Associate Professor of Urban Planning Michael Hooper recently published a paper in the Journal of Planning Education and Research (JPER) examining subconscious influences on perceptions of urban form, a piece that Planetizen recently picked up and is offering as an open-source feature until January.
Entitled “Flatulence, filth and urban form: Do primes for hygiene influence perceptions of urban density?,” Hooper's paper begins by asking what accounts for the tensions and widely divergent opinions that people hold regarding urban density. One possible explanation, he observes, is that sentiments on the city may be premised on subconscious factors, and that people's perceptions of density might, like many other social, political and moral attitudes, be malleable and subject to influence through so-called “priming.” Priming is a psychological technique by which exposure to one stimulus influences a response to a subsequent stimulus, but subconsciously, without direct intention.
To explore the relationship between priming and urban density, Hooper drew on Harvard's Decision Science Laboratory, intended for behavioral experiments. Studying 437 participants, Hooper focused on primes, or cues, for hygiene and how people connect ideas of hygiene and urban density.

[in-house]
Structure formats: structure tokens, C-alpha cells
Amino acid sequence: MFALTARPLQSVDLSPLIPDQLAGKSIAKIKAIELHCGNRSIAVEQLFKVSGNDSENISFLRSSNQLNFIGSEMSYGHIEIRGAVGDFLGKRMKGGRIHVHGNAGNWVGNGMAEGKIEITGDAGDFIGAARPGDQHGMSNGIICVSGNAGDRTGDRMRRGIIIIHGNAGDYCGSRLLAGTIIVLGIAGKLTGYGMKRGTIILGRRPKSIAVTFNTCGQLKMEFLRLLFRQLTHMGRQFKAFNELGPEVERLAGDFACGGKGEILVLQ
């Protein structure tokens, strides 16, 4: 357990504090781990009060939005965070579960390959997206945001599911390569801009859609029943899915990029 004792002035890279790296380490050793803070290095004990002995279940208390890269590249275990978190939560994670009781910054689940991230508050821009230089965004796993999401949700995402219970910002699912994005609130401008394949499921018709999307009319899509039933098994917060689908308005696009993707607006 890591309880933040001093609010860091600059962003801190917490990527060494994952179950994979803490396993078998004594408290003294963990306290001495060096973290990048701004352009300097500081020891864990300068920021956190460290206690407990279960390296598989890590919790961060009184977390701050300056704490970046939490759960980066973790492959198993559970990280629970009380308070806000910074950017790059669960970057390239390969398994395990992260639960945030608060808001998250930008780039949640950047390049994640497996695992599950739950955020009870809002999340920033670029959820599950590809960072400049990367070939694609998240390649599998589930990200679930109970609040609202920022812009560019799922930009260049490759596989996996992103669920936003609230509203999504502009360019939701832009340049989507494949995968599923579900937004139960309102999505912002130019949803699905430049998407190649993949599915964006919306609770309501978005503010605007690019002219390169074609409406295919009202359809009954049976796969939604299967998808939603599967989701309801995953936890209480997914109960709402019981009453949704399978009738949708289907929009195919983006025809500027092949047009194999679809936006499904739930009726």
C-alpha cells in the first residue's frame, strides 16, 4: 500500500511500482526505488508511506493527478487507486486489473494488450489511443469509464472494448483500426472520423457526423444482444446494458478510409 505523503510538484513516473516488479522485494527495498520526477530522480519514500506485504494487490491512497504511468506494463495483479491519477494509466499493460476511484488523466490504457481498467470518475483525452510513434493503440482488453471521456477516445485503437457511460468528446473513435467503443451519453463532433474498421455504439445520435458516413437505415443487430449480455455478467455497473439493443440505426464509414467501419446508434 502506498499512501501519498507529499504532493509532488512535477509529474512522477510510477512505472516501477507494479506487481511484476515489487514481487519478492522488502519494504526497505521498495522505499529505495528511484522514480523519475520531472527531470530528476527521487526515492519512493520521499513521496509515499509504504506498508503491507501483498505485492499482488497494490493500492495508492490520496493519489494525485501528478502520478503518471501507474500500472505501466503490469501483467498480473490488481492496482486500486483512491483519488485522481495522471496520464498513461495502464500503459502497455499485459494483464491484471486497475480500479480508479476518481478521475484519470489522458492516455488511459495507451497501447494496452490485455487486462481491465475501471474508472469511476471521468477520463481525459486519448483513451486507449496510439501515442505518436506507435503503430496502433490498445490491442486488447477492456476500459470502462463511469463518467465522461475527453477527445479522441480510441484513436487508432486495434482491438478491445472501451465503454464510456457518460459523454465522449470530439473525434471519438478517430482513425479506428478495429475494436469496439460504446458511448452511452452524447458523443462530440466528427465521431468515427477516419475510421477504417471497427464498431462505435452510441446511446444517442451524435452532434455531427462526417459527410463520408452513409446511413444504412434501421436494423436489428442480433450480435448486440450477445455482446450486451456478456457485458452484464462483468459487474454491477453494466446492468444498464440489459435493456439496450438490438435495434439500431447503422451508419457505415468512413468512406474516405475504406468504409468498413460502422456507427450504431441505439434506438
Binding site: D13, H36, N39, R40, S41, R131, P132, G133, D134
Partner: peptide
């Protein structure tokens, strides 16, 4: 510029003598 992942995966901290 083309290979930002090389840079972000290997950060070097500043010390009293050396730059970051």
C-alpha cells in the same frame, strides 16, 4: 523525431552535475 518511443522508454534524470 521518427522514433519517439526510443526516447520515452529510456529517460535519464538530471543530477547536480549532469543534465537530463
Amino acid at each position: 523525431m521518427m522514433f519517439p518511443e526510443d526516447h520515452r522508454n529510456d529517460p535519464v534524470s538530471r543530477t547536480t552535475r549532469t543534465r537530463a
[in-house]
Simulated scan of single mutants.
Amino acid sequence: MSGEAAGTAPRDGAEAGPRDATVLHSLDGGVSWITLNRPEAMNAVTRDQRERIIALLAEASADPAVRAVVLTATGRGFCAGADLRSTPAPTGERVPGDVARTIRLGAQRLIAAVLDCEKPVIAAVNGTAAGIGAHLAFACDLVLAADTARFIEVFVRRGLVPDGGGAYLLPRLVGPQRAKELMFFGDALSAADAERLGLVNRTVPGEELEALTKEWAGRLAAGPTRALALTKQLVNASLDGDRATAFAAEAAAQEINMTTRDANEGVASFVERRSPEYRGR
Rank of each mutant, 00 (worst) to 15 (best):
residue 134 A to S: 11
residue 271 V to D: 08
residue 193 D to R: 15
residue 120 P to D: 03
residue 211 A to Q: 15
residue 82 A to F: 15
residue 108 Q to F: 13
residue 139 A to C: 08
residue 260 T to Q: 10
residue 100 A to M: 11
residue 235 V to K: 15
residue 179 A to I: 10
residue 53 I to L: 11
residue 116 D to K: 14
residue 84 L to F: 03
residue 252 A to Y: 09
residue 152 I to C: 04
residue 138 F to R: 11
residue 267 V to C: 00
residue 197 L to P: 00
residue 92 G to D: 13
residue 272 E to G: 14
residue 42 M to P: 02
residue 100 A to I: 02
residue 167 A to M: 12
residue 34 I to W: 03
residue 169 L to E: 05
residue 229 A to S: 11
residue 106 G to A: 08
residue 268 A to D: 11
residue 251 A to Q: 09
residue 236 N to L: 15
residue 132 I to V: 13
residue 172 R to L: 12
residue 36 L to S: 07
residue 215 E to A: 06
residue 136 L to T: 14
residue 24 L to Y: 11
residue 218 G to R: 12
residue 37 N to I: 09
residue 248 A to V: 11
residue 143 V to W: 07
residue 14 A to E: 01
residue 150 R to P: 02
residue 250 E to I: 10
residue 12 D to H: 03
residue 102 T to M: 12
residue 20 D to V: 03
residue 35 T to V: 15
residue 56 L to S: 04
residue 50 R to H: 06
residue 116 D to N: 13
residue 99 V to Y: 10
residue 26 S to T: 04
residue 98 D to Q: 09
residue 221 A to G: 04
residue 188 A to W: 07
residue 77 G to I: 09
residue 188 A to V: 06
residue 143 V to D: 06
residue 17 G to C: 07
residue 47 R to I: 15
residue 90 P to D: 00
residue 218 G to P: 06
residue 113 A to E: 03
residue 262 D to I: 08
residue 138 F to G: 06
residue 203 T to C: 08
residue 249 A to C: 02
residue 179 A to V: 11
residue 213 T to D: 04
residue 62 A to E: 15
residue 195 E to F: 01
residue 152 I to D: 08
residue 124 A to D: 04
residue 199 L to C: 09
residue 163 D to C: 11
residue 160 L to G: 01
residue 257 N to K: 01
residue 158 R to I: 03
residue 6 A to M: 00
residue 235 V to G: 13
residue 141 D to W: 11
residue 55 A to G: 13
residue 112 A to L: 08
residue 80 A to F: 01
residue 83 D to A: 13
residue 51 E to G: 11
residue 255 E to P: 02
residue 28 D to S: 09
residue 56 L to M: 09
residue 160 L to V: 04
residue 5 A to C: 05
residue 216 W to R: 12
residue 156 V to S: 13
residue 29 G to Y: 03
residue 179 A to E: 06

Hooper's full article remains available via Planetizen through the end of the year.
Hooper joined Harvard after working for several years with the United Nations Development Programme, including a year posted to the Kenya Ministry of Planning in Nairobi. Hooper’s research focuses on the politics of housing, land use and urbanization, with particular interest in issues of forced displacement, disasters and participatory governance. Past research projects have addressed, among other topics, forced displacement in East Africa, post-disaster reconstruction in Haiti, the dynamics of rapid urbanization in Mongolia, and First Nations housing policy in Canada. At the GSD, Hooper leads the Urban Planning and Design thesis program and, from 2011-2017, served as Director of the Social Agency Lab, one of the school’s research incubation laboratories.